That’s how I ended up organising sold-out gigs in the Leicester Square Theatre with acts including Stewart Lee, Milton Jones, and Big Comedy Conference speaker Jo Brand. 

And even years later, I still can’t quite believe it.

3) I tried stand-up myself

Look, I’m nothing special. The thought of performing stand-up comedy scared the bejeesus out of me. It was never something I thought I could do. I don’t have the confidence or the ability.

So I said that to the MC for the comedy nights I organised, a wonderful comedian called Rob Thomas. And I truly meant it as a compliment – I thought there was some magical ability that comedians had that I was lacking.

Then one day he sent me a link to a comedy night. It was for absolute beginners. And it was for charity.

“You can’t really say no, can you?” he said.

Bollocks.

So I did it. Something I never thought I could possibly do. Something I definitely never would have done without the Big Comedy Conference. 

I got up on stage in front of 500 people to try to make them laugh.

And what’s more incredible – some of them actually did.

You can read more about this adventure here

Or you can watch the video below. But be kind – it was for charity.

4) I got to meet my heroes

Remember I said I went to the Big Comedy Conference because of Danny Wallace?

Well years later I sent him an email and asked if he fancied being interviewed about Yes Man.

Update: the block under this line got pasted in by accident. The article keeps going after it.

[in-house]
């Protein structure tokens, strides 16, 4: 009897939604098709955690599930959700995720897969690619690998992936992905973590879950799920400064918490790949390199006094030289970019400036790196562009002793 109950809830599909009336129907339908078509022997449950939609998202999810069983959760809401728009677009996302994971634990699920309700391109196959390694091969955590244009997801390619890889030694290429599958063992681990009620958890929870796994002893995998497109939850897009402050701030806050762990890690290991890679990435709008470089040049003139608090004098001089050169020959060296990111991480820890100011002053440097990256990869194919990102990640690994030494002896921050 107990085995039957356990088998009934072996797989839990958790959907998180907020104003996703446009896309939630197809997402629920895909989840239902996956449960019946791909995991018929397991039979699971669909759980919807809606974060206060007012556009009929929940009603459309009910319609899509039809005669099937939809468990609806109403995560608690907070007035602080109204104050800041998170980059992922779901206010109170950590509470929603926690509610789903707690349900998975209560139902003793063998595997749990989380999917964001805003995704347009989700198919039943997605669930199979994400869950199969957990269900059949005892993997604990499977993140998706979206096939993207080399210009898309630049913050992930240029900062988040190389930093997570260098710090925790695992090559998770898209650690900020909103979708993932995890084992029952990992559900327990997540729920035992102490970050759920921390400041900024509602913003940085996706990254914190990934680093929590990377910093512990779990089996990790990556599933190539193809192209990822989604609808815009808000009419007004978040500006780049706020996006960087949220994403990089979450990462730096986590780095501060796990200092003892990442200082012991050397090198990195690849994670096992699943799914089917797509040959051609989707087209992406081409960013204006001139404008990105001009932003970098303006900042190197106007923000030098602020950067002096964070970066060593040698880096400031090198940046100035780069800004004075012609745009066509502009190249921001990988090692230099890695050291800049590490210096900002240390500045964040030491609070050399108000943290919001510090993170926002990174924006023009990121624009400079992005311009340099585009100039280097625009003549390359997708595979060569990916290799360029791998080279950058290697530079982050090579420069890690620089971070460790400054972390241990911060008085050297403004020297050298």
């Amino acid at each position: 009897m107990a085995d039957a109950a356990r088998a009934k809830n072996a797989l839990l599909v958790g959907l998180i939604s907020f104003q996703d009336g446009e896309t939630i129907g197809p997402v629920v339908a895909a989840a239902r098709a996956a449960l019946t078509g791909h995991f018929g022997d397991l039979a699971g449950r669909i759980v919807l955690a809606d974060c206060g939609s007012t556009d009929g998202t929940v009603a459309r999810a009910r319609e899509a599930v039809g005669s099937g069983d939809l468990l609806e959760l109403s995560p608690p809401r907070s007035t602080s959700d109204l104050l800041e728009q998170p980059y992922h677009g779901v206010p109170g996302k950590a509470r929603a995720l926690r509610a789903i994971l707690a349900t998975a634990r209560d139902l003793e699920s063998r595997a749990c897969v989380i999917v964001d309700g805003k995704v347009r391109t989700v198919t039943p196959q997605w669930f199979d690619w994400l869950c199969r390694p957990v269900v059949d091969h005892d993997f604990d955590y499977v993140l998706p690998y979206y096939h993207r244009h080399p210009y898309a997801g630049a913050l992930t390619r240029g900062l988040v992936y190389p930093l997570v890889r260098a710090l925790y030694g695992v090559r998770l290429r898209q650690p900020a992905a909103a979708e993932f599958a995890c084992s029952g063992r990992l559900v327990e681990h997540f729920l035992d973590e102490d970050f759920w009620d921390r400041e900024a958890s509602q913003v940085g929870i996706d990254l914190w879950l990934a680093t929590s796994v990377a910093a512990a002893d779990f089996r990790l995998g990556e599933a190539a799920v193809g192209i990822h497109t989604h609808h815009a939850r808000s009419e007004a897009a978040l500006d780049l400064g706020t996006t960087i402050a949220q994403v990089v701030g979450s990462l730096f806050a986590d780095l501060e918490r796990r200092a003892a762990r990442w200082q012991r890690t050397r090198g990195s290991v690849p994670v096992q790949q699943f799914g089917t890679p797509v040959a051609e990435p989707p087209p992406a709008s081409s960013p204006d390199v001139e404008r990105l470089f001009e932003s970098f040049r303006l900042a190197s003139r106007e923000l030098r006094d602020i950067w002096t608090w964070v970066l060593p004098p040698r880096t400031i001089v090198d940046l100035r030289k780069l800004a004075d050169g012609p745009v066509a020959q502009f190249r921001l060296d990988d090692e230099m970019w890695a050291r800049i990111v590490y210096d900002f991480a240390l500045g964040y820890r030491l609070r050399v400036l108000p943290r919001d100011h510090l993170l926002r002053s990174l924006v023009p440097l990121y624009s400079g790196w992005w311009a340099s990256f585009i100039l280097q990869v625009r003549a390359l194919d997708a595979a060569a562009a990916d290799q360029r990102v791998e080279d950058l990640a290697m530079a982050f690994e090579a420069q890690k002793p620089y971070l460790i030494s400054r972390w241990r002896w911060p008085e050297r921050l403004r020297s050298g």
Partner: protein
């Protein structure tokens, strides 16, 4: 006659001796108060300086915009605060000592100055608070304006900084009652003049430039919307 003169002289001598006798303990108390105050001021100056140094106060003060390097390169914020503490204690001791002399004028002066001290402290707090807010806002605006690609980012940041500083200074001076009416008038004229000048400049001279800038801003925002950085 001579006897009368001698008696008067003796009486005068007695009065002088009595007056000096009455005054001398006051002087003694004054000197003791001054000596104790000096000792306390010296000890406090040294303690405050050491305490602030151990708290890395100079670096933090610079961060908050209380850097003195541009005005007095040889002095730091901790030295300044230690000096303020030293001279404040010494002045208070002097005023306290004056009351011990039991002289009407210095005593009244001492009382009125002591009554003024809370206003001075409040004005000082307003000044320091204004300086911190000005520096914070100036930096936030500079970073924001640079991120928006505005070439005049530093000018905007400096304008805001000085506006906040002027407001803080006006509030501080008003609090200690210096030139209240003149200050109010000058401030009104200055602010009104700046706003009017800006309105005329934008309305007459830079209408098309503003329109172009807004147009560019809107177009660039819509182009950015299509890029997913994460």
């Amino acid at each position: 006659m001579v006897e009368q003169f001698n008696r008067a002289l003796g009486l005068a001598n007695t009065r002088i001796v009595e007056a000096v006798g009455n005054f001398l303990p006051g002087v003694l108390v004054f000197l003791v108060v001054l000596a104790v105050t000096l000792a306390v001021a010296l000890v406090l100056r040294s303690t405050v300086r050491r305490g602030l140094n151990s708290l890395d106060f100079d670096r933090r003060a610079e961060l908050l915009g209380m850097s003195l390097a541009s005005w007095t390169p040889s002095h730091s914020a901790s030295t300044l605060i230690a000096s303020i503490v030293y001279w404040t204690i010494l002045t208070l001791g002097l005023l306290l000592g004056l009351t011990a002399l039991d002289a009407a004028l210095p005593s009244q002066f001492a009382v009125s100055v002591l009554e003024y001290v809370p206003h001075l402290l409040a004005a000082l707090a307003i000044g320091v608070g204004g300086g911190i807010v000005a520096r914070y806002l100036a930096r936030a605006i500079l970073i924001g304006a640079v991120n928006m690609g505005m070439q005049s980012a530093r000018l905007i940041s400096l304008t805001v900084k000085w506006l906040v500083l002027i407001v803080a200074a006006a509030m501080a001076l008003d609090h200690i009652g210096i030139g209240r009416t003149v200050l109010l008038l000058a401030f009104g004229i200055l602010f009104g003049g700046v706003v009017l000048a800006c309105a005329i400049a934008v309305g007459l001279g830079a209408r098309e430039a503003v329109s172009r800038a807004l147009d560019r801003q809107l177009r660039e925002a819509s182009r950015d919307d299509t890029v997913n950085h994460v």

He said yes.

And I got to spend a sunny afternoon at the pub with one of my absolute heroes.

Then remember when I said it was a review of Lee Mack gig that got me my first ever writing slot? Well I managed to get Lee involved as an ambassador for that charity I was working for. 

Genuinely one of the most exciting moments of my life was getting an email from a “Lee McKillop” and thinking “Why do I know that name…?”

If I could go back and tell 18-year-old me either of those anecdotes, I think he’d be pretty happy with where I ended up.

Danny Wallace. The man. The Legend.

5) But the biggest way it changed my life? It gave me the confidence to know what I wanted to do with my life.

It’s been a few years since that first Big Comedy Conference. A lot has changed since then. But the biggest thing for me is that I can now proudly say that I’m a full-time writer. 

I’ve won awards for comedy blogging. I got my first BBC writing credit. I’ve written for some of the biggest brands in the world (and a fair few charities too). 

I still do the comedy thing where I can too (hell, I wrote this guide to how to use comedy in marketing). But every day I get paid to write words for people.

And it probably never would have happened without the Big Comedy Conference.

You know you’ve hit the big time when you’re a Wikipedia reference

Invest in yourself. After all, who else will?

Conferences aren’t magic. None of what happened to me came about from merely buying a ticket. 

But the knowledge I gained from the conference, the people I met, even just the realisation that there are people who make a living doing the very thing I wish I could, all added up to a new mindset for me.

The Big Comedy Conference changed my life. 

I’m not guaranteeing that it’ll do the same for you. But I can guarantee that the best way to keep your life exactly how it is is to do nothing to change it. 

Just remember: I’m nothing special. So imagine what investing in yourself could do for you.

Sign up now. And say hi, because you just know I’m going to be there again.

Sign up for the Big Comedy Conference now and you can get their super-cheap early bird special too. Check it out.